Registry Outcomes Support Ultrathin Sirolimus Stent

Neil Osterweil

May 23, 2019

PARIS — Results of a large registry-based study appear to support at least some of the claims of clinical benefit with an ultra-thin sirolimus-eluting stent (Orsiro, Biotronik).

Among more than 74,000 consecutive patients in the Swedish Coronary Angiography and Angioplasty Registry (SCAAR) who received either the sirolimus-eluting stent or one of several other frequently used newer-generation drug-eluting stents (DES), the sirolimus-eluting device was associated with low rates of definite stent thrombosis, a trend toward a lower rate of in-stent restenosis, and a significantly lower rate of target lesion revascularization (TLR), reported Sergio Buccheri, MD, Uppsala University, Sweden.

"These findings corroborate the results of randomized clinical trials in this setting," he said here at the Congress of the European Association of Percutaneous Cardiovascular Intervention 2019.

Although DES with struts thinner than 70 μm and preserved radial strength have demonstrated the potential to offer benefits over other stents in patients undergoing percutaneous coronary intervention (PCI), "it remains unclear whether the use of this technology in the real world can provide incremental clinical benefits over the performance, already excellent, of other modern-generation DES," he said.

Large-Scale Study

For this analysis, Buccheri and colleagues reviewed outcomes for patients whose data were included in SCAAR, a nationwide prospective registry that collects data on the clinical and procedural characteristics for all consecutive patients who undergo PCI in Sweden.

After excluding patients with repeat procedures, those with uncommon clinical indications and those who had received a bare-metal stent, older-generation DES, or a DES implanted in fewer than 1000 patients, they identified 74,131 individual patients. Of this group. 69,570 received a late-model DES and 4561 received the sirolimus-eluting stent.

The comparator stents included Resolute Integrity and Resolute Onyx (Medtronic); Xience Xpedition, Xience Prime, and Xience ProX (Abbott Vascular); Promus Element, Promus Element Plus, Promus Premier and Synergy (Boston Scientific), and Ultimaster (Terumo).

Clinical characteristics were similar between the groups, and mean age was approximately 67 years. The most frequent indication for PCI with stenting was acute coronary syndrome, which occurred in two-thirds of patients in each cohort.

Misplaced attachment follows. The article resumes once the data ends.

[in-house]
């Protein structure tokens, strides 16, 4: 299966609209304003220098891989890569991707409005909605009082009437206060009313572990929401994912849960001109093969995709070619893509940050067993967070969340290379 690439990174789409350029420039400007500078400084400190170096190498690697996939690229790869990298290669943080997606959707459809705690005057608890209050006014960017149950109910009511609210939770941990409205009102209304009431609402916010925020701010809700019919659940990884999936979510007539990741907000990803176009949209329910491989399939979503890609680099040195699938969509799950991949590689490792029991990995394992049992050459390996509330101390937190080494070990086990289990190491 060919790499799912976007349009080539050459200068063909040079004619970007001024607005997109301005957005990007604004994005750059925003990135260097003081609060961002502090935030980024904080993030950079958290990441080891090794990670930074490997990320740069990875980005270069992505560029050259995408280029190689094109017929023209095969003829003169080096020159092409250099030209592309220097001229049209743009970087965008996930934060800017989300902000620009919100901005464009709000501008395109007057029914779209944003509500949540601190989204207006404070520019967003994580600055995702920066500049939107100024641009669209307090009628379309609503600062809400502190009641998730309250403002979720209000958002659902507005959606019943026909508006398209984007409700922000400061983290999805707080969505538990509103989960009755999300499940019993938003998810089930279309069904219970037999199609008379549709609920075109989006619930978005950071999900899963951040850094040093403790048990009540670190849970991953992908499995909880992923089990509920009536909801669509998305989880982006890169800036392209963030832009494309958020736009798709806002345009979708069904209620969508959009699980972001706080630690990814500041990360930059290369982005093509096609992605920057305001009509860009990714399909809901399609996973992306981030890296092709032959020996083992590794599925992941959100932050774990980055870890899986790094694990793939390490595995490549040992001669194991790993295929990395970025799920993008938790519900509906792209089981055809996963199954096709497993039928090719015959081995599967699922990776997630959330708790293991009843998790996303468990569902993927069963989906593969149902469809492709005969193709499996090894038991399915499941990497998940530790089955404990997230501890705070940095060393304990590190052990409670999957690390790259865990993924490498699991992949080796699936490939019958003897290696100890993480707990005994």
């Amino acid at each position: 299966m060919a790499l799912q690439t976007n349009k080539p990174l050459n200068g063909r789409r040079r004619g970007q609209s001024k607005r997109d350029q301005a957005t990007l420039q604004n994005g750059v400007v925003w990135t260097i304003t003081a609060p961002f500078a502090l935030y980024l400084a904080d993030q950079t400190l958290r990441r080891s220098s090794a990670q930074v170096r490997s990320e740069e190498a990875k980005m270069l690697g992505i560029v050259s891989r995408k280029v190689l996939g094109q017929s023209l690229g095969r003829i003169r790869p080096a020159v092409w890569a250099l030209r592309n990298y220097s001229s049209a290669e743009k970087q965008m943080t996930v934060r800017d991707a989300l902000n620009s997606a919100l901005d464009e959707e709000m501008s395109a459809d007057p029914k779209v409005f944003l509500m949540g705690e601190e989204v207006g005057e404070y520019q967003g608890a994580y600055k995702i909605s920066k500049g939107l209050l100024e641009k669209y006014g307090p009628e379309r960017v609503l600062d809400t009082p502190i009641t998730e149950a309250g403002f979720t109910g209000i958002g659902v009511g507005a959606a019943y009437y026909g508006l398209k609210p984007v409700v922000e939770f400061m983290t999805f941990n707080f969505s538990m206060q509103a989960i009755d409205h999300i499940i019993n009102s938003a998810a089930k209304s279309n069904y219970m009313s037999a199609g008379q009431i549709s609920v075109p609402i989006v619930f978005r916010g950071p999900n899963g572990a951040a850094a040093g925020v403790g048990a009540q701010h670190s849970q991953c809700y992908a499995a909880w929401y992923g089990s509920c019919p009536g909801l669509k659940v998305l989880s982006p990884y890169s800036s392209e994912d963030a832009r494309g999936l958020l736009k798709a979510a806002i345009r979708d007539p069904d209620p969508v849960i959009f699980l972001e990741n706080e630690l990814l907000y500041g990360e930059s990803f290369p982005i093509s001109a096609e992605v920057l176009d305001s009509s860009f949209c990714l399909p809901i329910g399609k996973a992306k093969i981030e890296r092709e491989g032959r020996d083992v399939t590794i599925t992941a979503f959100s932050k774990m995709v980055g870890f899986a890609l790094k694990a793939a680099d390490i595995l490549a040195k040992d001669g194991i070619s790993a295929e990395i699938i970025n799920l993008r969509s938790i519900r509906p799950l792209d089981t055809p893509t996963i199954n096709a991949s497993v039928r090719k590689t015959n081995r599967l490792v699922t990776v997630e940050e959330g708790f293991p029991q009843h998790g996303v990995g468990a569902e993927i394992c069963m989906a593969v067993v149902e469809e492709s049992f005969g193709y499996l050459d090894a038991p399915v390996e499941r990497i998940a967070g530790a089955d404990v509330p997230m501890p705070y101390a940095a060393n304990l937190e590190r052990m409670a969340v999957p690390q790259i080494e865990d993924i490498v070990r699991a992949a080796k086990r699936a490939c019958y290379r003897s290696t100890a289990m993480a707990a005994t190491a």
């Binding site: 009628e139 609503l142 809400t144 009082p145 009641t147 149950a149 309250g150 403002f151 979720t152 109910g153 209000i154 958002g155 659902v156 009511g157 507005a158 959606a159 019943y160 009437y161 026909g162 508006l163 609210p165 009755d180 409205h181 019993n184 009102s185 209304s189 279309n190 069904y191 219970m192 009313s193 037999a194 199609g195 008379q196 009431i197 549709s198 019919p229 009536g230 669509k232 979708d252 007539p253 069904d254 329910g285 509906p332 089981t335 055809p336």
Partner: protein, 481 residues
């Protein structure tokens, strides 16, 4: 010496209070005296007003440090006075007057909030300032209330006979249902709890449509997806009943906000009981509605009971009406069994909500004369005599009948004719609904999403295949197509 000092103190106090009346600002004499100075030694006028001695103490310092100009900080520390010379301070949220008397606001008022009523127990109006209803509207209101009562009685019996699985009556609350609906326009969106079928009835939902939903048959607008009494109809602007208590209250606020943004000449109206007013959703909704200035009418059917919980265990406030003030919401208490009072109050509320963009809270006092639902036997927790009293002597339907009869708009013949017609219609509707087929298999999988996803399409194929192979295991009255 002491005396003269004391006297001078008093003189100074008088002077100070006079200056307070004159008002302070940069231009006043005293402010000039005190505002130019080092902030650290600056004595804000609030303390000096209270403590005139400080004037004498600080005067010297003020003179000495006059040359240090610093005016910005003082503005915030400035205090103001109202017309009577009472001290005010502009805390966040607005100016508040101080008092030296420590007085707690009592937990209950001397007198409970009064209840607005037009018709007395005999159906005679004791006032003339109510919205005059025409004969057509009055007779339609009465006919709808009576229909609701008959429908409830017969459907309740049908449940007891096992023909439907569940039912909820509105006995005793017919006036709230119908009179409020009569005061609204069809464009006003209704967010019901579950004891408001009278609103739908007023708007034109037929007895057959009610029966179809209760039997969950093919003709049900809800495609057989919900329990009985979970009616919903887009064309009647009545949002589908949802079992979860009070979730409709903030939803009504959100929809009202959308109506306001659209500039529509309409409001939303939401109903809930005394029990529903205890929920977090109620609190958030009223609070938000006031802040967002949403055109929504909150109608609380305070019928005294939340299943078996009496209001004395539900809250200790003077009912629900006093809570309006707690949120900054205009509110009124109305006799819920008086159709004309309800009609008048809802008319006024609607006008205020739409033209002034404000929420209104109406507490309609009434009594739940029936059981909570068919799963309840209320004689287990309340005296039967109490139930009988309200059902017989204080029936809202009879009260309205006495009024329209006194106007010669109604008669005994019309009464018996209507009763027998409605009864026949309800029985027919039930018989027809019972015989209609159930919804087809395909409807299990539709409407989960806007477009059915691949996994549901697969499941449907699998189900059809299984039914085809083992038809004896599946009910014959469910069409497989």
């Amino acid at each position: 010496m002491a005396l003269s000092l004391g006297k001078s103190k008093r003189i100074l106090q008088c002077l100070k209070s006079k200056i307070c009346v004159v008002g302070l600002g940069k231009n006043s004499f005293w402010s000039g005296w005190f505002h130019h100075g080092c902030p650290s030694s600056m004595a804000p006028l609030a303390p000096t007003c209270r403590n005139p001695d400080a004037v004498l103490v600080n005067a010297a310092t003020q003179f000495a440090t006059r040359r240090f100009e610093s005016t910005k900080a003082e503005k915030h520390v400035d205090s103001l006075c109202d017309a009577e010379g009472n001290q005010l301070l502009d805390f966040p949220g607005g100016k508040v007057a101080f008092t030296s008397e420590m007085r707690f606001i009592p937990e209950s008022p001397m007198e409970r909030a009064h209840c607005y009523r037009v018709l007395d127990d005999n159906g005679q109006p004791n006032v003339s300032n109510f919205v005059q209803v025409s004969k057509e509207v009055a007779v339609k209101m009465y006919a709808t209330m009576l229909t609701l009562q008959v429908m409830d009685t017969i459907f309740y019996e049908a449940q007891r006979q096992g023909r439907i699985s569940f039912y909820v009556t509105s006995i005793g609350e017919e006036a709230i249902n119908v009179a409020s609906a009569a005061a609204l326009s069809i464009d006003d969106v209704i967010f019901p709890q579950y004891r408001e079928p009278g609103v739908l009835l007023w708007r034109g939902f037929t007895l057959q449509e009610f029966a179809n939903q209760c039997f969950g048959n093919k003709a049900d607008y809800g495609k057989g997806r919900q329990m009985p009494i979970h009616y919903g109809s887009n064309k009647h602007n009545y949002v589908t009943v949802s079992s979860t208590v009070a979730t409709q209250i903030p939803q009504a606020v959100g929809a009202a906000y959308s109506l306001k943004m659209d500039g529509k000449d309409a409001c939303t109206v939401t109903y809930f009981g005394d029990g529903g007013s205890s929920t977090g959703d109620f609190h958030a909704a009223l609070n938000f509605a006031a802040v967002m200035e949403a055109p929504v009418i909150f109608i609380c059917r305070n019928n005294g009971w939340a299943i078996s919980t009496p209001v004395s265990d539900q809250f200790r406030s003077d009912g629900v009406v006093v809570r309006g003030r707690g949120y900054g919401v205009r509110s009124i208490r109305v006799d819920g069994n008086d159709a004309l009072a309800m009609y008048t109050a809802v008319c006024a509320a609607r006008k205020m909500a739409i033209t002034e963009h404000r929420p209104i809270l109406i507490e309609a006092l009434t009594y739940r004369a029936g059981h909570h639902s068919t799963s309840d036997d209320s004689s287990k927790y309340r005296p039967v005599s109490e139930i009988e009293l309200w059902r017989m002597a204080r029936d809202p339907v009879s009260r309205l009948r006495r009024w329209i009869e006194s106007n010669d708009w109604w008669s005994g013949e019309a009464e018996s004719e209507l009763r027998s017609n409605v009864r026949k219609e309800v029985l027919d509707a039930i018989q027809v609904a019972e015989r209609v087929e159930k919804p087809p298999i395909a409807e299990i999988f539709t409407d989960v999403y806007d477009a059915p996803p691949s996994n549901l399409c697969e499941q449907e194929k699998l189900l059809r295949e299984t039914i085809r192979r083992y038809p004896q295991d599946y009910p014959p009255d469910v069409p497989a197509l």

There were some differences in procedural characteristics, however, with patients who received the sirolimus-eluting device having less frequent left main procedures (2.6% vs 5.5%) and shorter total stent length (31.5 vs 35.7 mm).

The authors used propensity-score weighting and covariate balance with a nonparsimonious approach to compensate for the lack of randomization.

They found that rates of all-cause mortality were identical between the groups, occurring in 7.5% of patients in each cohort. Rates of myocardial infarction (MI) were numerically but not statistically higher in patients who received the sirolimus-eluting stent (6.0% vs 5.2%).

There were also no significant differences between the groups in rates of either in-stent restenosis (1.5% vs 2.0%, respectively) or definite stent thrombosis (0.67% vs 0.83%).

For the TLR end point, however, the investigators saw a significant difference in favor of the sirolimus-eluting stent (1.6% vs 2.3%; adjusted hazard ratio, 0.75; P = .013).

Known Unknowns

Invited discussant Rasha Al-Lamee, MD, Imperial College Healthcare, London, said that it is important to have real-world results that back up those reported in clinical trials.

"I think that the promise of these ultra-thin scaffolds or ultra-thin stents is biologically very plausible, that they may have good outcomes for our patients in the long term," she said. "It would make sense that if the struts were thinner, we would have less vessel injury, we'd have less death or less inflammation, perhaps improved healing, and perhaps improvement in our patient outcomes."

She noted, however, that although the investigators did their best to control for confounding factors, "there are always confounders out there that we don't see."

Given the difference in the size of the cohorts, it would be inadvisable to read too much into the numerical but not statistical superiority of the sirolimus-eluting stent for some clinical outcomes, such as in-stent restenosis and definite stent thrombosis, she cautioned.

"Interestingly, in all these studies going forward, it's very difficult for us to improve on some of the outcomes we already have. Even with 74,000 patients, you don't see a difference, really, in stent thrombosis rates, because perhaps the rate of stent thrombosis is so small that we can't incrementally improve really on what we do," she said.

The study was supported by an institutional research grant from Biotronik. Buccheri reported having no conflict of interest. Al-Lamee has reported receipt of honoraria or consultation fees from Philips Volcano.

European Association of Percutaneous Cardiovascular Intervention (EuroPCR) 2019. Presented May 21, 2019.


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